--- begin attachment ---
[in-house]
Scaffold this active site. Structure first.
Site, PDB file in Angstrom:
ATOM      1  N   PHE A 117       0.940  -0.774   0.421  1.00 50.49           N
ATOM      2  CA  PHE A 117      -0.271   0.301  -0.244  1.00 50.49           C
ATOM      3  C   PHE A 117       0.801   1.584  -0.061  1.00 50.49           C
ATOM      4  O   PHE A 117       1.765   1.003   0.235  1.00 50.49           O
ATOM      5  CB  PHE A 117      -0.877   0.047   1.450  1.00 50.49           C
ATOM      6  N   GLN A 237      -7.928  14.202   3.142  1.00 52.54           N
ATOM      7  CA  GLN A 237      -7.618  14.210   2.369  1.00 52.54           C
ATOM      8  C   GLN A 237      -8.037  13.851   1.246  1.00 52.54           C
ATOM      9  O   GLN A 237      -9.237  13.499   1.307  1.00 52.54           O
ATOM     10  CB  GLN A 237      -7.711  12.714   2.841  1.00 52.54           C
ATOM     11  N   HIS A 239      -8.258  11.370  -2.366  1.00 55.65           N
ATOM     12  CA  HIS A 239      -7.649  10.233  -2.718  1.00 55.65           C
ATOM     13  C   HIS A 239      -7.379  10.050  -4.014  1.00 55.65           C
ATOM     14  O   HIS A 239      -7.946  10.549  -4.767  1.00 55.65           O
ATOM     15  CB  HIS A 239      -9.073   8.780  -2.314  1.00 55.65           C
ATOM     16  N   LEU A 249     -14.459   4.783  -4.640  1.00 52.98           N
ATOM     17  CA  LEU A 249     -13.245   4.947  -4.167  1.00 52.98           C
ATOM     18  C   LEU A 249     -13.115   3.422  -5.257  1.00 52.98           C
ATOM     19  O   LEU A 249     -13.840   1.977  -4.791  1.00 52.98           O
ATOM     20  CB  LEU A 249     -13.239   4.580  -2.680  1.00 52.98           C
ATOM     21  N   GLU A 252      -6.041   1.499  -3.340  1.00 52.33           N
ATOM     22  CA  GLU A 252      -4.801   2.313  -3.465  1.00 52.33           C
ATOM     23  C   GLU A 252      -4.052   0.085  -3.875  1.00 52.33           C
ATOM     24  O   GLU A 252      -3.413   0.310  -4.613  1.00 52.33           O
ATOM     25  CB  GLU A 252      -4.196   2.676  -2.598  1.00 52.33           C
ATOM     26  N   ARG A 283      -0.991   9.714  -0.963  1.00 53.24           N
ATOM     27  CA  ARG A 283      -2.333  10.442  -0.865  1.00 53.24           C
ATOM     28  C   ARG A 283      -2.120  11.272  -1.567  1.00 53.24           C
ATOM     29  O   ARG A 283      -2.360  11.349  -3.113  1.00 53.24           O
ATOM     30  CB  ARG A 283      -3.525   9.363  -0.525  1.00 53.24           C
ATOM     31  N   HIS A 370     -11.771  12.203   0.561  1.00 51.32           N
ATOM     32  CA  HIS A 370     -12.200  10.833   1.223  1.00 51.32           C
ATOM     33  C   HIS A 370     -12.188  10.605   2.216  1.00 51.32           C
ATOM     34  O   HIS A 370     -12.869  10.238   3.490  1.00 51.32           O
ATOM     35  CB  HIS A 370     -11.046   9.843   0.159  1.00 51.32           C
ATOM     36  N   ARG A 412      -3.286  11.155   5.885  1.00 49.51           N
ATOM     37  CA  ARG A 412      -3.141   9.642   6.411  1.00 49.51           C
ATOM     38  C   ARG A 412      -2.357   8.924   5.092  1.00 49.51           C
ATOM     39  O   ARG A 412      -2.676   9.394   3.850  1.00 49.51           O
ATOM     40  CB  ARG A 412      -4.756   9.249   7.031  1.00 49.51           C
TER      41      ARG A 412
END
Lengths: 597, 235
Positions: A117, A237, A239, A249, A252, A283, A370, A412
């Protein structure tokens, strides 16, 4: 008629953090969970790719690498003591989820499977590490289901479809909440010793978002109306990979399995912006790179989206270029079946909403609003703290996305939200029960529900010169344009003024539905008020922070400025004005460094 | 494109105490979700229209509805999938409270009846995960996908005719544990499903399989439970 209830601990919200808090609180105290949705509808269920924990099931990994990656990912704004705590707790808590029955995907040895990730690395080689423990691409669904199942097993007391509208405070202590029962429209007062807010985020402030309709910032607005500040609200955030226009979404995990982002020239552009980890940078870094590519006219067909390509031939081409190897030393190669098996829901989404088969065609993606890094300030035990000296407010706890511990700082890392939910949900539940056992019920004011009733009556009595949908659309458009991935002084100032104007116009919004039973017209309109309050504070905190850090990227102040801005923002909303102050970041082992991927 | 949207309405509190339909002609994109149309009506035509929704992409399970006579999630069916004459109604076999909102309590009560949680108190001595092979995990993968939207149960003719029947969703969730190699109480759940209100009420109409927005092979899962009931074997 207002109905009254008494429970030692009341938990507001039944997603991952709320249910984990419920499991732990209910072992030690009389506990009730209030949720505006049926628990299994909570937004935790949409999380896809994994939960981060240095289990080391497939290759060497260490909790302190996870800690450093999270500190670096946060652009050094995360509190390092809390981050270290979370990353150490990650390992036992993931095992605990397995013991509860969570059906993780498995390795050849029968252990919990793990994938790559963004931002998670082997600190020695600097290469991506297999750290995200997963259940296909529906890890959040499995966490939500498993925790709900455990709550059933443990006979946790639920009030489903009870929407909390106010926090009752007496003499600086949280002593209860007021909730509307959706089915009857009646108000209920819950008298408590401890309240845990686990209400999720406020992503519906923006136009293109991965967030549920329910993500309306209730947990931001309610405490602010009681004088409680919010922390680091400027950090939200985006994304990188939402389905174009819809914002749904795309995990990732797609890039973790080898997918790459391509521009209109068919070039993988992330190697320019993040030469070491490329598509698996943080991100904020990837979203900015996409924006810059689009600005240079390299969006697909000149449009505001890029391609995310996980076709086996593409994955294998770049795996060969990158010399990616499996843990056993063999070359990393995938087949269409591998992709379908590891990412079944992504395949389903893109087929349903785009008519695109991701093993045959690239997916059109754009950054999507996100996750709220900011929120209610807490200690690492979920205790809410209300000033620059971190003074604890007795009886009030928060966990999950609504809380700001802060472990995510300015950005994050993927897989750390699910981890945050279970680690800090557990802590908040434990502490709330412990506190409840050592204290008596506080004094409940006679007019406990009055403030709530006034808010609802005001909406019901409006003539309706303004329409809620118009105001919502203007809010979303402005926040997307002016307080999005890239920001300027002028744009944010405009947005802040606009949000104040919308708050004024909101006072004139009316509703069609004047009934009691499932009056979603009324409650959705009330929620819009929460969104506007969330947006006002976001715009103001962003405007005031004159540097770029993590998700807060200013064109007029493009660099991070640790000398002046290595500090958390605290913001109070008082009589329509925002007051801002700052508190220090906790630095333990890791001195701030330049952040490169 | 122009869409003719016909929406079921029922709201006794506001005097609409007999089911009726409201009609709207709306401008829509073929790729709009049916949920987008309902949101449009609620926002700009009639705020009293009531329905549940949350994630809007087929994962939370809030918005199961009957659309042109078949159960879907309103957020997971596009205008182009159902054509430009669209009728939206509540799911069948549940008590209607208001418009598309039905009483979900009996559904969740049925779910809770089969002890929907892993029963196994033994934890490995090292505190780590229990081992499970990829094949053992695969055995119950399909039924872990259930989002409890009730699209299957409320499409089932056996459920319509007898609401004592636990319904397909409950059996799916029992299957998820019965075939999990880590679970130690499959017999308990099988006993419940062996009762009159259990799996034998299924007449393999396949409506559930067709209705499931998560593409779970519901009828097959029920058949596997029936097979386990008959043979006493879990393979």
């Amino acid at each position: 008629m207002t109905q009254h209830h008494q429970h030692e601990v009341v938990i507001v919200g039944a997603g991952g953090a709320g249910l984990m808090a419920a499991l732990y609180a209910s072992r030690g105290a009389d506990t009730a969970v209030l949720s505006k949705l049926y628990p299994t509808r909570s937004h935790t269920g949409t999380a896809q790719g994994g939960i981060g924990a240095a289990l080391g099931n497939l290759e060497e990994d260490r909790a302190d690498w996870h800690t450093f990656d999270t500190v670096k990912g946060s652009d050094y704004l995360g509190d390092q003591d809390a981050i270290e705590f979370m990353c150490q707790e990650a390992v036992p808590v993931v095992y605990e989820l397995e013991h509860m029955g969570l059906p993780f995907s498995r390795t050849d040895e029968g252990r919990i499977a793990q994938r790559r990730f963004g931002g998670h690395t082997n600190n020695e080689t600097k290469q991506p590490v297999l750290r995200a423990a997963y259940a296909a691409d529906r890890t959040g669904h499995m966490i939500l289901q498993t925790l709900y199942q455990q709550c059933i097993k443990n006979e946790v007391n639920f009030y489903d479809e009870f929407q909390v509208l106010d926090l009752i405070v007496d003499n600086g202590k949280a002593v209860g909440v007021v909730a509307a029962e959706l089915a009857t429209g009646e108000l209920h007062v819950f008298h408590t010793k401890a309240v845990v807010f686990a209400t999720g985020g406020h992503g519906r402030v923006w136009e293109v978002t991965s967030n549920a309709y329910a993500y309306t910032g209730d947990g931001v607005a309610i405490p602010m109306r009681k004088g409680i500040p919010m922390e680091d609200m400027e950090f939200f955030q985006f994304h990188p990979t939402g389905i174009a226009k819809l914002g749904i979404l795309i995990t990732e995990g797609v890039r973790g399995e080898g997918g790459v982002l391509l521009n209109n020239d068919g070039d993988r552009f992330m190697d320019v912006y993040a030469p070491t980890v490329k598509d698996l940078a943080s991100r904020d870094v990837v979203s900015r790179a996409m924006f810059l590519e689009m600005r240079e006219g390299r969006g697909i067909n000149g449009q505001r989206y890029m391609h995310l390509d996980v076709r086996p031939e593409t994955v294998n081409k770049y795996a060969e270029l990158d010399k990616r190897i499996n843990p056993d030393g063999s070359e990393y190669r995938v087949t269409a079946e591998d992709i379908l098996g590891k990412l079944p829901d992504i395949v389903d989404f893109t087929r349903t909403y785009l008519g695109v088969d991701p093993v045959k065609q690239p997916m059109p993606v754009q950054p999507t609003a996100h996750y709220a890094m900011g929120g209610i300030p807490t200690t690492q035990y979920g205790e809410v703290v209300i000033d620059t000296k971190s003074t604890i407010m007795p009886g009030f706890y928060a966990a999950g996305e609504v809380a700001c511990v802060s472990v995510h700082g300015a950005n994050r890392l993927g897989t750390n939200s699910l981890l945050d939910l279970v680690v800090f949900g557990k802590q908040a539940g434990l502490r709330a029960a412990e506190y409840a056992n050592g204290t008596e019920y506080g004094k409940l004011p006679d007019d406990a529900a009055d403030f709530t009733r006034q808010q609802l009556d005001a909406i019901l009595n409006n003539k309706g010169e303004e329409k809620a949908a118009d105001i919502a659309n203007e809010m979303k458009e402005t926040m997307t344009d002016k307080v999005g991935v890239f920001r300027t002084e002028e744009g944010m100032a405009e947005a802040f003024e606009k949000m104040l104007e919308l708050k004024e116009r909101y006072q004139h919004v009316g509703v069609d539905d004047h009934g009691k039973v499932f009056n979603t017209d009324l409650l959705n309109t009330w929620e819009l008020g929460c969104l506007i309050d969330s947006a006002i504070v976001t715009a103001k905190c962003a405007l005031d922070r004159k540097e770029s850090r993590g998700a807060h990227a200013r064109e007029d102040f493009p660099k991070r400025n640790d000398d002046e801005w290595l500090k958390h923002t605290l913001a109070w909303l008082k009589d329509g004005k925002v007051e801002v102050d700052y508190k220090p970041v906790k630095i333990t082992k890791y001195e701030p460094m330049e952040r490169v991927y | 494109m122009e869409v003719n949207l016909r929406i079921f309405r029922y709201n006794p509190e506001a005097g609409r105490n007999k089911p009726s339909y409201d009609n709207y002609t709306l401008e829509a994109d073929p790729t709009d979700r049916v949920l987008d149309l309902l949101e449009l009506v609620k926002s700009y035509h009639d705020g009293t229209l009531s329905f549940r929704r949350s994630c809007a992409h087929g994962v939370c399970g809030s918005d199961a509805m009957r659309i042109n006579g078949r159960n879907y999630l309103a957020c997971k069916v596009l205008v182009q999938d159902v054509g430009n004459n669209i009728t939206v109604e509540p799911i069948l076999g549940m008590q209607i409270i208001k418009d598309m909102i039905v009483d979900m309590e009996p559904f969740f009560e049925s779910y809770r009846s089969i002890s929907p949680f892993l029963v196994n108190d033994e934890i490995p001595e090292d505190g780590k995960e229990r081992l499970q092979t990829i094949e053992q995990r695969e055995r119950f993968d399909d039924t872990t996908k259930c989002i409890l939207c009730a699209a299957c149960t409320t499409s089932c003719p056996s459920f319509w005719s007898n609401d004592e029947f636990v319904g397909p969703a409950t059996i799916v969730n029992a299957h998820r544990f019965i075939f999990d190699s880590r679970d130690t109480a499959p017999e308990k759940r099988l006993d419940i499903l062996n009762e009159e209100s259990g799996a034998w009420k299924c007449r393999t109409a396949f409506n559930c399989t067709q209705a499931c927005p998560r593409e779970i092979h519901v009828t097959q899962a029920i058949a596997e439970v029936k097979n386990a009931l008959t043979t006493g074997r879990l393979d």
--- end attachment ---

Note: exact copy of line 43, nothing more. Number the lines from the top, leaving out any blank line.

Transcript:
ATOM     40  CB  ARG A 412      -4.756   9.249   7.031  1.00 49.51           C